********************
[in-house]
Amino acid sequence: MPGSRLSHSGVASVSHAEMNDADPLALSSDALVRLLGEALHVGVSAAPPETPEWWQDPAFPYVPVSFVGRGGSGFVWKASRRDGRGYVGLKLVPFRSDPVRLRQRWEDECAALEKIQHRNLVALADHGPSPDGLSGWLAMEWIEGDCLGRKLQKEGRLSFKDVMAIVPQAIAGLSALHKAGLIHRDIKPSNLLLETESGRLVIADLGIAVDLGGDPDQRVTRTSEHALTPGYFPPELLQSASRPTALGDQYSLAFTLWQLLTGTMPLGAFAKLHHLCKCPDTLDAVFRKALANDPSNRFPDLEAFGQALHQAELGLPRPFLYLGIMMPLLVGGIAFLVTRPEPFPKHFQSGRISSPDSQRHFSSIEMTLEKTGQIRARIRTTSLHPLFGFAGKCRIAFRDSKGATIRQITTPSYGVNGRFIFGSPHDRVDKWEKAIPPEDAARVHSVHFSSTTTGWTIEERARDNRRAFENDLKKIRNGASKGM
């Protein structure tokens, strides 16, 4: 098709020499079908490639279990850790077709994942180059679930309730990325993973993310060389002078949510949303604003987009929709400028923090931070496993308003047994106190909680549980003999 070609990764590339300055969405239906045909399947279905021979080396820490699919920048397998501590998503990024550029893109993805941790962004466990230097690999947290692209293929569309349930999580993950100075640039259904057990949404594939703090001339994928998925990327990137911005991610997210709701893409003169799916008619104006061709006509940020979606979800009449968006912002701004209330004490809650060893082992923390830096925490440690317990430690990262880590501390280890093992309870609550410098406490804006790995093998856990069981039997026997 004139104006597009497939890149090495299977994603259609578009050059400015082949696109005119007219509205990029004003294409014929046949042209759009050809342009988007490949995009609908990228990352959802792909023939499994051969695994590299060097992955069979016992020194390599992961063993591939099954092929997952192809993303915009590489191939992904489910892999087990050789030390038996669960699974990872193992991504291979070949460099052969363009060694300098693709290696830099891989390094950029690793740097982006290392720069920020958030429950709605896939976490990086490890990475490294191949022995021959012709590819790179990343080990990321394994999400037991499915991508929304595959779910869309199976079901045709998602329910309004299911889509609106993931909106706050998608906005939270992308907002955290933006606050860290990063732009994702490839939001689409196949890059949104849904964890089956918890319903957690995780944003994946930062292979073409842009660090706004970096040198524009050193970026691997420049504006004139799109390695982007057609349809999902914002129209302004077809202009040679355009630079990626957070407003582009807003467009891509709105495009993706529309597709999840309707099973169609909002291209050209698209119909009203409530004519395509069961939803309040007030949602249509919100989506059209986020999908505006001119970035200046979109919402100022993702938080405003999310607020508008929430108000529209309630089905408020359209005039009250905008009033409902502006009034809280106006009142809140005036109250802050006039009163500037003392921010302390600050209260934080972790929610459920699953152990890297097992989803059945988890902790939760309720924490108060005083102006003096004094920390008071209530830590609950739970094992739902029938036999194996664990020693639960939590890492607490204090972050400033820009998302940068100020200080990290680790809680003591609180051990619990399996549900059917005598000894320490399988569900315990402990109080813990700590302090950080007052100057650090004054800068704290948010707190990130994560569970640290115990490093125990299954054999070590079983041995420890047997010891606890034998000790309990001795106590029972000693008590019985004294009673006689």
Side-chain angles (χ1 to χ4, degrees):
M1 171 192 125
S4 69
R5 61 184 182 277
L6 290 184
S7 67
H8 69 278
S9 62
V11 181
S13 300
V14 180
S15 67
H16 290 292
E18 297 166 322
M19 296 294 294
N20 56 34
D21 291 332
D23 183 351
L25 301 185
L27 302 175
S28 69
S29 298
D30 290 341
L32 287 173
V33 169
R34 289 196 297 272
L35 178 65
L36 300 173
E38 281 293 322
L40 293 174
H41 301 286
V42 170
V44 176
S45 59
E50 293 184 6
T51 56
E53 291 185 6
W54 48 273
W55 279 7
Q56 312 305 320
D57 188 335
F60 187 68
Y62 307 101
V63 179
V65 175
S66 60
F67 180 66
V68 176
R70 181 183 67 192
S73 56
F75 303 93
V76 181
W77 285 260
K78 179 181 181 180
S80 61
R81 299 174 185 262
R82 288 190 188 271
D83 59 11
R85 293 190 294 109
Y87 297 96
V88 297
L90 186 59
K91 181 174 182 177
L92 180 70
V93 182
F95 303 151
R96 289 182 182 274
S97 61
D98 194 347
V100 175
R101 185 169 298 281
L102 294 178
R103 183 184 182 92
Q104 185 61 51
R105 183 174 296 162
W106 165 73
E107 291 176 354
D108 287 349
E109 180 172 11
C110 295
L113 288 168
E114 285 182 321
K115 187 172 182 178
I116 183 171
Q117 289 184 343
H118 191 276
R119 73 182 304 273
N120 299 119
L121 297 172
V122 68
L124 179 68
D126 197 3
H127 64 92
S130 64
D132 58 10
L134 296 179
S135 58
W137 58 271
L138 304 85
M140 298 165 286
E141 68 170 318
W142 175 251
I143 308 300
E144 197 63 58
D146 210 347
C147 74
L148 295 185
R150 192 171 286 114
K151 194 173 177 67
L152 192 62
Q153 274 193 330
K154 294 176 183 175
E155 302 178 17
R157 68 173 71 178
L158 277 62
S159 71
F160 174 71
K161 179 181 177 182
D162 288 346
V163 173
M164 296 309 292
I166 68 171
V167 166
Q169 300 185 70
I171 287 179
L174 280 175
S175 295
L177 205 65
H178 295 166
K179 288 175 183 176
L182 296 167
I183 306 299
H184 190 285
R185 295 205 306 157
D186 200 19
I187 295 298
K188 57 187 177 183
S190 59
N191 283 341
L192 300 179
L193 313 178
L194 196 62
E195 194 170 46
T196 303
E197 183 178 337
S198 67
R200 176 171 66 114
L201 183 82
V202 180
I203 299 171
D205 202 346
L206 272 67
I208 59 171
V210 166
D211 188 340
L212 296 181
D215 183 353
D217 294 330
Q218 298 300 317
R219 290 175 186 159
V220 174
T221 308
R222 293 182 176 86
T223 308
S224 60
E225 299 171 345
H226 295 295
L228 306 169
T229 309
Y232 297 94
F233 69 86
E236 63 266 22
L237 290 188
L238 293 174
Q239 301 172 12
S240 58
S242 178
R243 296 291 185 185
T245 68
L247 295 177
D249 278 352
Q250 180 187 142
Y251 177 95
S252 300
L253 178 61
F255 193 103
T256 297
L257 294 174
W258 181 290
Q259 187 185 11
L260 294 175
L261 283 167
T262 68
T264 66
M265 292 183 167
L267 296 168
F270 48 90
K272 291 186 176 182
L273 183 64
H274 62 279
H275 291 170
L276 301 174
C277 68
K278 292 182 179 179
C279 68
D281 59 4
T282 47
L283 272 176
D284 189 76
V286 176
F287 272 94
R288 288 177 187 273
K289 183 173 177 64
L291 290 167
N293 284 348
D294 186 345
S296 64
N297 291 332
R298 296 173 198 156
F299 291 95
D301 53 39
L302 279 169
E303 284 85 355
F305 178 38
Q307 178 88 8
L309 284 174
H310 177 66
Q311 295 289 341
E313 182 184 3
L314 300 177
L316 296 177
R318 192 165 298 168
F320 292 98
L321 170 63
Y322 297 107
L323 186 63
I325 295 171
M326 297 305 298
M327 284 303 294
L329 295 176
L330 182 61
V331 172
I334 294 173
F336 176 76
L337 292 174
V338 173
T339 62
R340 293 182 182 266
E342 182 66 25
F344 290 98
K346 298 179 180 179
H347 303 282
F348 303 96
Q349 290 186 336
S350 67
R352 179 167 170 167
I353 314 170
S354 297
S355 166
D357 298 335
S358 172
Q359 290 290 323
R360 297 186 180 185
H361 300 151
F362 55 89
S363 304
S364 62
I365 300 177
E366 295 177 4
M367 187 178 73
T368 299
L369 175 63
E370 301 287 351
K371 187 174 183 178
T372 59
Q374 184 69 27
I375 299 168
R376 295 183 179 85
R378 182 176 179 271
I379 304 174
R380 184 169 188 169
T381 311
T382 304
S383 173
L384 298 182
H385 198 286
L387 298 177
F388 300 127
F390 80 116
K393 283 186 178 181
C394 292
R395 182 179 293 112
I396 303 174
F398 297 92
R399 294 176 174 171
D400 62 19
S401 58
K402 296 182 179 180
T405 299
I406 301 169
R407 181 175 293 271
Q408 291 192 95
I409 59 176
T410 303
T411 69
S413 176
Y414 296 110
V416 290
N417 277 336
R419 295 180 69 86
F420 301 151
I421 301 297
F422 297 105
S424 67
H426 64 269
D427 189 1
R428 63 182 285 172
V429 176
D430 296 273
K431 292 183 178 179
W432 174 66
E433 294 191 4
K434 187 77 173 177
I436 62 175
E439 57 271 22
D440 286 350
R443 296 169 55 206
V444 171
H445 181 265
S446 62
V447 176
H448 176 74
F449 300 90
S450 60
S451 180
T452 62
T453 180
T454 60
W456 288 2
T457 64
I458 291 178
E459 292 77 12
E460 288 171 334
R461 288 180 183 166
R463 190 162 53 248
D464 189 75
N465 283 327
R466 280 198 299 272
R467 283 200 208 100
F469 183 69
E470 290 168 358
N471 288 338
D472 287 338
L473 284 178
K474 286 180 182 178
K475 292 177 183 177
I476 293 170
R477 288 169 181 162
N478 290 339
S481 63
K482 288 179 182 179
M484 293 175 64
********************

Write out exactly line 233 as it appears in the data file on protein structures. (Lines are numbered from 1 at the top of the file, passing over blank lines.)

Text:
L314 300 177